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Net gain in biodiversity on site


Trees planted by volunteers


'Wildlife corridor' created around the site

Delivering biodiversity net gain in Dorset

How our multi-storey car park project gave the natural environment a helping hand.

Construction of a multi-storey car park at Dorset County Hospital returned a biodiversity net gain of over 11% for customer Prime Plc.

Plans for the 654-space structure incorporated newly created habitats and ecological features to counteract the impact of construction and achieve a better-than-expected boost to the natural environment on site.

Working with an ecologist to optimise the landscaping and planting design for biodiversity and, by taking advice from the Royal Horticultural Society to replace hedging on the original site with a native species, the project achieved an excellent outcome for local flora and fauna.

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The team from Willmott Dixon replaced an area of single species low-growing shrub with plants and wildflowers to support a variety of pollinating insects and installed bird boxes, hedgehog nesting boxes and insect friendly foliage. We established a two-metre wide 'wildlife corridor' around the perimeter of the car park, planted with hedgerows and wildflowers, to create a buffer zone between vehicles and wildlife. And we replaced hedging on the original site with native species recommended by the RHS, which further enhanced habitats around the site and helped improve the overall increase in biodiversity measured.

Restoring our environment and bringing nature into communities is a key part of Willmott Dixon’s 2030 sustainability strategy, Now or Never. Our aim is for all projects to leave the natural environment in a measurably better state than before construction by 2030.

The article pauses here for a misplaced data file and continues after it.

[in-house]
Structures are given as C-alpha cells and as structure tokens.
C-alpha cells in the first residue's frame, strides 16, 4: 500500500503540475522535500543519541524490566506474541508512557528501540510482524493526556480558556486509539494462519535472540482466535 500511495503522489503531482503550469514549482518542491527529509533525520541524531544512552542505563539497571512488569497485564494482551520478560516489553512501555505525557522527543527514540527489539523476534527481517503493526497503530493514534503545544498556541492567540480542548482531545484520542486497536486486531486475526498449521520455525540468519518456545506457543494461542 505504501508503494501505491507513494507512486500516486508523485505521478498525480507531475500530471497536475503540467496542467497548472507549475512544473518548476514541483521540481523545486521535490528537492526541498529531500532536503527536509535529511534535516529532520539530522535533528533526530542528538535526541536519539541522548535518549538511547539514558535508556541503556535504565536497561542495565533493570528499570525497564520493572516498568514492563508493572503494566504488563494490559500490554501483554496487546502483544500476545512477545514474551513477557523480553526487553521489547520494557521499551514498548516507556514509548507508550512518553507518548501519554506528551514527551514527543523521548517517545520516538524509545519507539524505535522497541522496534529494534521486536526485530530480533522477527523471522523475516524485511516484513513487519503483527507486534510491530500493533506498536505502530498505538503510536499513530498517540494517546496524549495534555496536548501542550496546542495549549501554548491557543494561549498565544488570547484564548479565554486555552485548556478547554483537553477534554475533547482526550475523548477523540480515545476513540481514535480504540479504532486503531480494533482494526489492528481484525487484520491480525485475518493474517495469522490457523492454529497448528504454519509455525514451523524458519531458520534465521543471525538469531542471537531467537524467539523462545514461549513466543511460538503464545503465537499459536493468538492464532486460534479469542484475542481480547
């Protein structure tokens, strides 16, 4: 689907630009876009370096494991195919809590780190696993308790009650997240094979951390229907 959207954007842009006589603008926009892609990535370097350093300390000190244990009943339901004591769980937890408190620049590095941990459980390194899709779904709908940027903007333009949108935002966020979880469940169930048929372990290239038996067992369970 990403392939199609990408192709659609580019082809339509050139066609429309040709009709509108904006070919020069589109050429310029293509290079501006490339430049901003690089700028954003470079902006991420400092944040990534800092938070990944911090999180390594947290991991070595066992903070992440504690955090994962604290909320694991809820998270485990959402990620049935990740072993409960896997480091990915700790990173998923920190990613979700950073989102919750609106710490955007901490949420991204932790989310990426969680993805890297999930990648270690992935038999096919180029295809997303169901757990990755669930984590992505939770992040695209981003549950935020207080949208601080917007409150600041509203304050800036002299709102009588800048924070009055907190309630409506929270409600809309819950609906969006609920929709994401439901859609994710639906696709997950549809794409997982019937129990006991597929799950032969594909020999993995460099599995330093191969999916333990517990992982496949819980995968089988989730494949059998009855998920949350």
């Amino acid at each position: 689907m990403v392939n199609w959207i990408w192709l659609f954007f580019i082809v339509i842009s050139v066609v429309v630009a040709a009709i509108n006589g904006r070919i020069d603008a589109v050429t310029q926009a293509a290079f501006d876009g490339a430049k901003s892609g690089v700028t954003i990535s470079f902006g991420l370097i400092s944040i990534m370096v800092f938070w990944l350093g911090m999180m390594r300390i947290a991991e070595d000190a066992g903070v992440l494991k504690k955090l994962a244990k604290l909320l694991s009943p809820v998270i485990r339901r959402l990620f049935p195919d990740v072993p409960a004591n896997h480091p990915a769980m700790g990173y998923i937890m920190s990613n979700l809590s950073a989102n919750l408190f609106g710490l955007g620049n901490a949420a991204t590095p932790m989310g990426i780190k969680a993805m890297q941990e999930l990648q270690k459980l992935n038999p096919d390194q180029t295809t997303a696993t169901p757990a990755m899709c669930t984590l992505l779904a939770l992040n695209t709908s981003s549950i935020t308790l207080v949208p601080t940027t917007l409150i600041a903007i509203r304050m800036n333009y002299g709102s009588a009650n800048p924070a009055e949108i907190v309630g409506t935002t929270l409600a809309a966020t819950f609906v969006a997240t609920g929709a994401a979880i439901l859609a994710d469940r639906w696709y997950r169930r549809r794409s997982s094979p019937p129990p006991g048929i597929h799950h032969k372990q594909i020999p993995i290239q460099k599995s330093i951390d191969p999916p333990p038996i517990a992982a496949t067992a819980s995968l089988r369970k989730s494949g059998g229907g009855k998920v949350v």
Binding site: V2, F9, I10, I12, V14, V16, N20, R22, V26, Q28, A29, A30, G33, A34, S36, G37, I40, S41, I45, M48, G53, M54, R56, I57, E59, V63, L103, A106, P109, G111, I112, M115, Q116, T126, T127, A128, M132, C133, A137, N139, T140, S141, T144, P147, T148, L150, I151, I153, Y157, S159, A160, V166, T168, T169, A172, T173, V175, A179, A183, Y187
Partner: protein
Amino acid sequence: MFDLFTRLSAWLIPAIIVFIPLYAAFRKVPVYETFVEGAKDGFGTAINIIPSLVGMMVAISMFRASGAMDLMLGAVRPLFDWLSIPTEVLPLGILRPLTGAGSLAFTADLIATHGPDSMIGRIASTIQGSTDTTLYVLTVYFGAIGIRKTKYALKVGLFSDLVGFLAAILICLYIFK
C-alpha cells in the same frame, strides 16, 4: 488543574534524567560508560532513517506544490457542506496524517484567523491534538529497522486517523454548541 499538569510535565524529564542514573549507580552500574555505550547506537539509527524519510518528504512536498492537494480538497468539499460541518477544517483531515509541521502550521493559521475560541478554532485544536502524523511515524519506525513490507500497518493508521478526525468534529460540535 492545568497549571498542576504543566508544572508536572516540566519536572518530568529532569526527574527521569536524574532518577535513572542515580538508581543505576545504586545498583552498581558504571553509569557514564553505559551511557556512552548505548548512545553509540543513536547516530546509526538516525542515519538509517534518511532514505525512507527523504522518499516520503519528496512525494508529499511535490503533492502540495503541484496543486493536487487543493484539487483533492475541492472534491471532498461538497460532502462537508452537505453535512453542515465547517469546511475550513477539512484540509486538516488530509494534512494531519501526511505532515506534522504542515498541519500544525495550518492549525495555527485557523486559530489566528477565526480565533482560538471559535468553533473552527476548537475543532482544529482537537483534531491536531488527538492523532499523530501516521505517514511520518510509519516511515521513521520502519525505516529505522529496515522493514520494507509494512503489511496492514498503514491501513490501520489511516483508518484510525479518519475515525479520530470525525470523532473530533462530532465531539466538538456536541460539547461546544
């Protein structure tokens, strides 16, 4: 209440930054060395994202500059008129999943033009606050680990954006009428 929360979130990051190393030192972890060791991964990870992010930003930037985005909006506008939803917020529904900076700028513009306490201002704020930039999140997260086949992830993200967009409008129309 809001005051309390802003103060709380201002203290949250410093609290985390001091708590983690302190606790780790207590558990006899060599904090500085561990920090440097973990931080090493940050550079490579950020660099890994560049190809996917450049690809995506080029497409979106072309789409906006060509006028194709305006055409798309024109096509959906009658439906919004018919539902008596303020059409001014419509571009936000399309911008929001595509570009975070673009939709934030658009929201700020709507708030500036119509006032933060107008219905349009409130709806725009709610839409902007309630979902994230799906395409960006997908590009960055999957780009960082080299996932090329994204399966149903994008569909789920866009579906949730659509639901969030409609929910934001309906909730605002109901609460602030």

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Harry Noakes, Senior Building Manager, said: “In 2024, all qualifying developments will need to achieve a 10% minimum biodiversity net gain.

“Although the numbers may seem daunting, my experience has shown it’s viable, makes economic sense, and leaves a legacy beyond the building.”

Going even further, the Willmott Dixon team donated and planted 600 tree whips at the new community woodland at Kings Road in Dorchester, helping to add value for the local community and providing a new green space for wellbeing (pictured below).

On completion, Dorset County Hospital's deputy chief executive Nick Johnson said: “Thank you to Prime and Willmott Dixon for the design and building work, especially the plants and features such as bird boxes that promote local biodiversity and the perforated panels featuring images of Dorset landmarks that reflect our beautiful county.”

The sustainability initiative was supported by Dorchester Town Council and volunteers from People First Dorset, Employ My Ability, The GAP Ecotherapy Project, Thomas Hardye School and Dorset Mind, a local mental health charity.

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